If dance is more and more viable in its fruition through theatre and the internet (as mentioned in Dance and the Moving Image), it has also become easier to access as a participant. There are a vast number of opportunities on offer, with some that go beyond dance’s perfect lines and captivating atmospheres. Perhaps it is common knowledge that the nonchalant movements of ballet dancers are the result of hard work, with their gracile bodies a bundle of muscles to sustain the illusion of levity (and the new tendency of the fitness industry is to cash in on the dream of the lean body promoting every new hybrid as ballet or barre related). Less known, but growing in academic interest, are the other effects of dance training on the human body and mind. Many are the examples and applications that go from improving management to learning how to trust, and that work on the different levels of our body-mind (intellectual, artistic, social and physical). In particular, I want to introduce an application of dance that helps alleviate a chronic degenerative neurological disease such as Parkinson’s, a condition that besides being physically debilitating can also be socially isolating.

English National Ballet, Dance for Parkinson's © Belinda Lawley
English National Ballet, Dance for Parkinson's
© Belinda Lawley

The most well known example in the UK is English National Ballet’s programme, that offers regular ballet classes to people affected with Parkinson’s. In these classes the participants are led by ENB artists through exercises that stimulate the bodies in particular ways while researchers from University of Roehampton are measuring the effects of the classes. By moving rhythmically and using different qualities, in short, by breaking the habitual pattern movement, as for example miming a scene from a particular dance, the participants report a clear difference in how they feel, a sign of deep physiological changes.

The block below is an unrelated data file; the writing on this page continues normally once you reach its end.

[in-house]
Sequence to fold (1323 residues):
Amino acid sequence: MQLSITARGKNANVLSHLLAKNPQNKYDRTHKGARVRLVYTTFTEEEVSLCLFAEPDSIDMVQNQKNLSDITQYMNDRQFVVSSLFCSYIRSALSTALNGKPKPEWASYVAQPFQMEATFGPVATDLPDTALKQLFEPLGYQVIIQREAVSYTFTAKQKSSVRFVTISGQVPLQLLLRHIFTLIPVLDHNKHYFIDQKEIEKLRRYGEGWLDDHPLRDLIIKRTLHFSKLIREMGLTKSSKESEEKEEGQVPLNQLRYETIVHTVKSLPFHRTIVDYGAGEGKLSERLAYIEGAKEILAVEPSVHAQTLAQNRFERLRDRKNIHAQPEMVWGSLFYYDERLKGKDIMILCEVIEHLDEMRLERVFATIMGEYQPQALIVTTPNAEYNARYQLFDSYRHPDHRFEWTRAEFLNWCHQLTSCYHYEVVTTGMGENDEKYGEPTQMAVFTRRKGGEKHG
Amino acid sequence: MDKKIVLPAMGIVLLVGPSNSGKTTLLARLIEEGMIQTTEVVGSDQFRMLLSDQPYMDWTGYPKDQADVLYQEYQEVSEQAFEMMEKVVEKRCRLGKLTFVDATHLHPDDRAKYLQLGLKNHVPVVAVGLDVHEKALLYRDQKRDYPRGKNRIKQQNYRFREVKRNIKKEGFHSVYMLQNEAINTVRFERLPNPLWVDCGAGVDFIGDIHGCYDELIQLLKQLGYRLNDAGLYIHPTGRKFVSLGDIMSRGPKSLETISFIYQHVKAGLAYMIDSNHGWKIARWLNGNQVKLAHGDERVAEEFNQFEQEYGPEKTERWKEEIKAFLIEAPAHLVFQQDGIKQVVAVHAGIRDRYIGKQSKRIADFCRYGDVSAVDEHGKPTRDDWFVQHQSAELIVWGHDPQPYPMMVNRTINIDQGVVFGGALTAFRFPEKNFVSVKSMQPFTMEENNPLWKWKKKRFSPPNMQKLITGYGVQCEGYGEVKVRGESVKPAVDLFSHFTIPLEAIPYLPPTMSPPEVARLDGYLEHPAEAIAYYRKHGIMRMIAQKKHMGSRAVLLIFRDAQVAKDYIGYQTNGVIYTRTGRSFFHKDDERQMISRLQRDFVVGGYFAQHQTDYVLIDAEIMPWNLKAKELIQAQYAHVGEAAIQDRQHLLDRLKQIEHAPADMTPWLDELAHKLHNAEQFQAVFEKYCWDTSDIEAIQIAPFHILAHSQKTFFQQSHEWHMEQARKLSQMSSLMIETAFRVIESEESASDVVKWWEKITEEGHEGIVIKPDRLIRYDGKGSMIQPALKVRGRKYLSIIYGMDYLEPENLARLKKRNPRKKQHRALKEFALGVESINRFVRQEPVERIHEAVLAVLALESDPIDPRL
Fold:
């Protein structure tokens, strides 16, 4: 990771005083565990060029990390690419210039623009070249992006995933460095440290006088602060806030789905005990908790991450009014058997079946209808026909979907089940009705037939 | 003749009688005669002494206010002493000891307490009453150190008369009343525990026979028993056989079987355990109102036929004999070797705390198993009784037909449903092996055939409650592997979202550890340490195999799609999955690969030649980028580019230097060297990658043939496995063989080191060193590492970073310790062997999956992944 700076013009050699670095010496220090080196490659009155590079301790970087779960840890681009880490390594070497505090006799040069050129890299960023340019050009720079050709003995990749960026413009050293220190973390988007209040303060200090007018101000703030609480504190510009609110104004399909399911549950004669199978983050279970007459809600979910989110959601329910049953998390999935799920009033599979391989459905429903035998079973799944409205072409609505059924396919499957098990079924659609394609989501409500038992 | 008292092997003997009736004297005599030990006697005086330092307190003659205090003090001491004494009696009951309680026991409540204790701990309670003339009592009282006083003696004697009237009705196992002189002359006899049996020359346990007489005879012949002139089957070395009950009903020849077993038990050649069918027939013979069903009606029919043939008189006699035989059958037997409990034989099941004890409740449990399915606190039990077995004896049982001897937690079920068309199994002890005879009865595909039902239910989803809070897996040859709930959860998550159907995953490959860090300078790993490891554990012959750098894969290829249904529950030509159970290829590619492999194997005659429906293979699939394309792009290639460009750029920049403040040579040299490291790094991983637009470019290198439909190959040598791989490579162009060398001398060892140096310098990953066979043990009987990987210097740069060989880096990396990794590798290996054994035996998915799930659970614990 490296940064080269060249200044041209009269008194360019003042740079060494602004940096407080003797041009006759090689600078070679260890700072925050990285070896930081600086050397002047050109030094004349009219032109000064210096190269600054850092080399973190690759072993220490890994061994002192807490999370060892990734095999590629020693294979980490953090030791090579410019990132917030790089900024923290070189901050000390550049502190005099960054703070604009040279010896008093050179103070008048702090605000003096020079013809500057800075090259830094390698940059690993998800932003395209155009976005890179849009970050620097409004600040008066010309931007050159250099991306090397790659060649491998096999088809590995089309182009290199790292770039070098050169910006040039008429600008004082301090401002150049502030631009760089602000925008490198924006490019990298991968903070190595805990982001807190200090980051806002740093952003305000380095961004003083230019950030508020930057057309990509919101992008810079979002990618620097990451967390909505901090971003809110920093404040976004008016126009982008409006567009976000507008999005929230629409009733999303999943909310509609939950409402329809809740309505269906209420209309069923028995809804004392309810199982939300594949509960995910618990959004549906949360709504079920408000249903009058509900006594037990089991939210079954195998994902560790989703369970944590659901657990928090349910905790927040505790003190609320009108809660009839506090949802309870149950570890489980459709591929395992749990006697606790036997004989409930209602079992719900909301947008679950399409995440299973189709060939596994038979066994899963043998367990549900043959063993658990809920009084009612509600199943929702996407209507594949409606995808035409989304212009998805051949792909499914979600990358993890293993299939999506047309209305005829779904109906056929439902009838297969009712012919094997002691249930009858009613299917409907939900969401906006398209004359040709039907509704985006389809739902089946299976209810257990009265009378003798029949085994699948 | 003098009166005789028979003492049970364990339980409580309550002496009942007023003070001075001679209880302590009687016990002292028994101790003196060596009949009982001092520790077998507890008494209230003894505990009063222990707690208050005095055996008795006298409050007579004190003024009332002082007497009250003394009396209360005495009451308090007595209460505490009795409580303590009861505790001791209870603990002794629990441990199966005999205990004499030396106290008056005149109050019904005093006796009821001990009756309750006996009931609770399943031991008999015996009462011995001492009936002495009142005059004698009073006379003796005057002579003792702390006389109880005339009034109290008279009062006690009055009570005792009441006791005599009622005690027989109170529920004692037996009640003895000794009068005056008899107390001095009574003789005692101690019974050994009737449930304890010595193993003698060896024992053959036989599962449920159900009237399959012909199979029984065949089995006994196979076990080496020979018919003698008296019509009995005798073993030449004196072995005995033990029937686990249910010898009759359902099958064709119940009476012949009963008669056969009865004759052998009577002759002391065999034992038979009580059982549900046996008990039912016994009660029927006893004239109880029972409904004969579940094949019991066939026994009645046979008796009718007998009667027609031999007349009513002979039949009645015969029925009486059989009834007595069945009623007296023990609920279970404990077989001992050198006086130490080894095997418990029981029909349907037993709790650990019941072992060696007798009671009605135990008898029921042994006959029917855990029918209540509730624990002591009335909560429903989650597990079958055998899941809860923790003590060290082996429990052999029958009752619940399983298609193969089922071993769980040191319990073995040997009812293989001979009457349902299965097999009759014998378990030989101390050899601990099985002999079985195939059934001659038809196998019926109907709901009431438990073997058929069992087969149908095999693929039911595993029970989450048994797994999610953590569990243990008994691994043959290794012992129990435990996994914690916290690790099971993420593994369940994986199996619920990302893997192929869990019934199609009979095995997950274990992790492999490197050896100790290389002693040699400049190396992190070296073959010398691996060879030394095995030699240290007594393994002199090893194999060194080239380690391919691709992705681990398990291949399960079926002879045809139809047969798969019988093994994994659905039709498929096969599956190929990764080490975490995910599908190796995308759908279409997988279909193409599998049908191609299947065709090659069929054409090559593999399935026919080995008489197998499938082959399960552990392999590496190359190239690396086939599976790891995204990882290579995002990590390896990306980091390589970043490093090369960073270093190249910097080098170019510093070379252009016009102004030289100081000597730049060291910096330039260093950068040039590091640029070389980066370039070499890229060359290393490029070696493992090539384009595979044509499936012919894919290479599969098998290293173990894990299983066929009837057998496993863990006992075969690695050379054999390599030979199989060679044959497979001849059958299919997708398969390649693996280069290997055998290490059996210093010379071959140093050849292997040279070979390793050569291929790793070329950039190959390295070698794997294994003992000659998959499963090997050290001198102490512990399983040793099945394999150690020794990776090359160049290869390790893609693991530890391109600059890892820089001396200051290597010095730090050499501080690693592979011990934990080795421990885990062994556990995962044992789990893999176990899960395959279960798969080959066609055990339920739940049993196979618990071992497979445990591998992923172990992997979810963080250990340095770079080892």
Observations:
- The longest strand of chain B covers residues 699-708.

The improvements registered are in general condition but in particularly balance, stability and increased coordination. There is also an intellectual side to the exercises, as they are always linked to the current production of the company (and no production is too difficult as I have witnessed a class based on such difficult rhythms as Stravinsky’s Rite of Spring). But my words do not render the participants enthusiasm as well as this BBC reportage does:




ENB's national programme Dance for Parkinson’s offers regular classes in London, Oxford, Liverpool and occasionally in Cardiff.

Beside ENB, there are also various classes offered around the UK by the Dance for Parkinson’s Network UK and in the US, a similar programme is delivered in Brooklyn by the Mark Morris Group. Considering that the academic study by University of Roehampton reported that “people were highly motivated, with 100% adherence, and valued the classes as an important part of their lives” and even able to forget the disease for some hours, the hope is that these activities will continue. The research on the benefit of ballet training for Parkinson’s is only one possible application of dancers’ body-knowledge and hopefully, in the future, science will look to dance for more. Movement and feelings are connected, changing the way you move you can change how you feel.

There is significant research that is being done on the subject, with a conference coming up in Bristol in June.